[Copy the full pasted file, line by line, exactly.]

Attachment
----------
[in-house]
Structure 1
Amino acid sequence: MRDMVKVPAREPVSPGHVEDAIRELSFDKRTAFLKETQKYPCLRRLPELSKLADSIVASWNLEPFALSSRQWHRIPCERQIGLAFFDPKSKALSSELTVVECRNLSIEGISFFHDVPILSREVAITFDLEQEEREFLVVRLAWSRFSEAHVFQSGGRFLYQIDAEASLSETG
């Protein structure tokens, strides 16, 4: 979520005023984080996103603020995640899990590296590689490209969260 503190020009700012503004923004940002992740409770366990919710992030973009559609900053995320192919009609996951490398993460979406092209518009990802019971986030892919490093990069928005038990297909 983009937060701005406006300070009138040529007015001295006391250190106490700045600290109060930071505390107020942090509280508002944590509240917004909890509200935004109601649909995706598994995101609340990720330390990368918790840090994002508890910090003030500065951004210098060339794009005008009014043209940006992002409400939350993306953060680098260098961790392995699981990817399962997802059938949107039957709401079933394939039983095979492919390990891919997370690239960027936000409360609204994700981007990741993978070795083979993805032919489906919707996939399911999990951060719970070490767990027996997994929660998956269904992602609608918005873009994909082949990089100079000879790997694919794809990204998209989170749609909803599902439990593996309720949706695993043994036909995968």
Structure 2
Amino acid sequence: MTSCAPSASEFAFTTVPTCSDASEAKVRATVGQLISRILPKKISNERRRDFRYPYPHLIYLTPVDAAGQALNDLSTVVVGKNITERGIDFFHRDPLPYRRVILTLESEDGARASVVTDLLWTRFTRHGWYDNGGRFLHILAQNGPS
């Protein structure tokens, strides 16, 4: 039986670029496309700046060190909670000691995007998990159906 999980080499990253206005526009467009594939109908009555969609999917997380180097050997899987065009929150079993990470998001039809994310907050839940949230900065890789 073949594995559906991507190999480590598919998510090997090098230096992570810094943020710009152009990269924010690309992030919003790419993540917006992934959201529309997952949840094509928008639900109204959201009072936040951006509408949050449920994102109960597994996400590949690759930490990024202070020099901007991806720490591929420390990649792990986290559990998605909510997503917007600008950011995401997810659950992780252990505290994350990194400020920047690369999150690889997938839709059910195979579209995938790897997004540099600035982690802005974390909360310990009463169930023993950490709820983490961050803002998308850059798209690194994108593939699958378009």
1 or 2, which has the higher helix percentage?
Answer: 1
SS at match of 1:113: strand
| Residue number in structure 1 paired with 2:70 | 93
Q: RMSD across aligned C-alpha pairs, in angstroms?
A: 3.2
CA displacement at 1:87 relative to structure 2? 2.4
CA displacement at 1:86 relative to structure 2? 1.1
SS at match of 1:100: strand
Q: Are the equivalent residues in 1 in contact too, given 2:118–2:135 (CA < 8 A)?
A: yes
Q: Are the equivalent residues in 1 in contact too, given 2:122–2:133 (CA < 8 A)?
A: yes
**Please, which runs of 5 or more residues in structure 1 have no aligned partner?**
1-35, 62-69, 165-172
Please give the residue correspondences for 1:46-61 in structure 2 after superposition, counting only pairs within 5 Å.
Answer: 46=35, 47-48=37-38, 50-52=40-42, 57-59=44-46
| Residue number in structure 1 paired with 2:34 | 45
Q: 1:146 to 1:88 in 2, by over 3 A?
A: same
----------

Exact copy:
[in-house]
Structure 1
Amino acid sequence: MRDMVKVPAREPVSPGHVEDAIRELSFDKRTAFLKETQKYPCLRRLPELSKLADSIVASWNLEPFALSSRQWHRIPCERQIGLAFFDPKSKALSSELTVVECRNLSIEGISFFHDVPILSREVAITFDLEQEEREFLVVRLAWSRFSEAHVFQSGGRFLYQIDAEASLSETG
């Protein structure tokens, strides 16, 4: 979520005023984080996103603020995640899990590296590689490209969260 503190020009700012503004923004940002992740409770366990919710992030973009559609900053995320192919009609996951490398993460979406092209518009990802019971986030892919490093990069928005038990297909 983009937060701005406006300070009138040529007015001295006391250190106490700045600290109060930071505390107020942090509280508002944590509240917004909890509200935004109601649909995706598994995101609340990720330390990368918790840090994002508890910090003030500065951004210098060339794009005008009014043209940006992002409400939350993306953060680098260098961790392995699981990817399962997802059938949107039957709401079933394939039983095979492919390990891919997370690239960027936000409360609204994700981007990741993978070795083979993805032919489906919707996939399911999990951060719970070490767990027996997994929660998956269904992602609608918005873009994909082949990089100079000879790997694919794809990204998209989170749609909803599902439990593996309720949706695993043994036909995968």
Structure 2
Amino acid sequence: MTSCAPSASEFAFTTVPTCSDASEAKVRATVGQLISRILPKKISNERRRDFRYPYPHLIYLTPVDAAGQALNDLSTVVVGKNITERGIDFFHRDPLPYRRVILTLESEDGARASVVTDLLWTRFTRHGWYDNGGRFLHILAQNGPS
């Protein structure tokens, strides 16, 4: 039986670029496309700046060190909670000691995007998990159906 999980080499990253206005526009467009594939109908009555969609999917997380180097050997899987065009929150079993990470998001039809994310907050839940949230900065890789 073949594995559906991507190999480590598919998510090997090098230096992570810094943020710009152009990269924010690309992030919003790419993540917006992934959201529309997952949840094509928008639900109204959201009072936040951006509408949050449920994102109960597994996400590949690759930490990024202070020099901007991806720490591929420390990649792990986290559990998605909510997503917007600008950011995401997810659950992780252990505290994350990194400020920047690369999150690889997938839709059910195979579209995938790897997004540099600035982690802005974390909360310990009463169930023993950490709820983490961050803002998308850059798209690194994108593939699958378009």
1 or 2, which has the higher helix percentage?
Answer: 1
SS at match of 1:113: strand
| Residue number in structure 1 paired with 2:70 | 93
Q: RMSD across aligned C-alpha pairs, in angstroms?
A: 3.2
CA displacement at 1:87 relative to structure 2? 2.4
CA displacement at 1:86 relative to structure 2? 1.1
SS at match of 1:100: strand
Q: Are the equivalent residues in 1 in contact too, given 2:118–2:135 (CA < 8 A)?
A: yes
Q: Are the equivalent residues in 1 in contact too, given 2:122–2:133 (CA < 8 A)?
A: yes
**Please, which runs of 5 or more residues in structure 1 have no aligned partner?**
1-35, 62-69, 165-172
Please give the residue correspondences for 1:46-61 in structure 2 after superposition, counting only pairs within 5 Å.
Answer: 46=35, 47-48=37-38, 50-52=40-42, 57-59=44-46
| Residue number in structure 1 paired with 2:34 | 45
Q: 1:146 to 1:88 in 2, by over 3 A?
A: same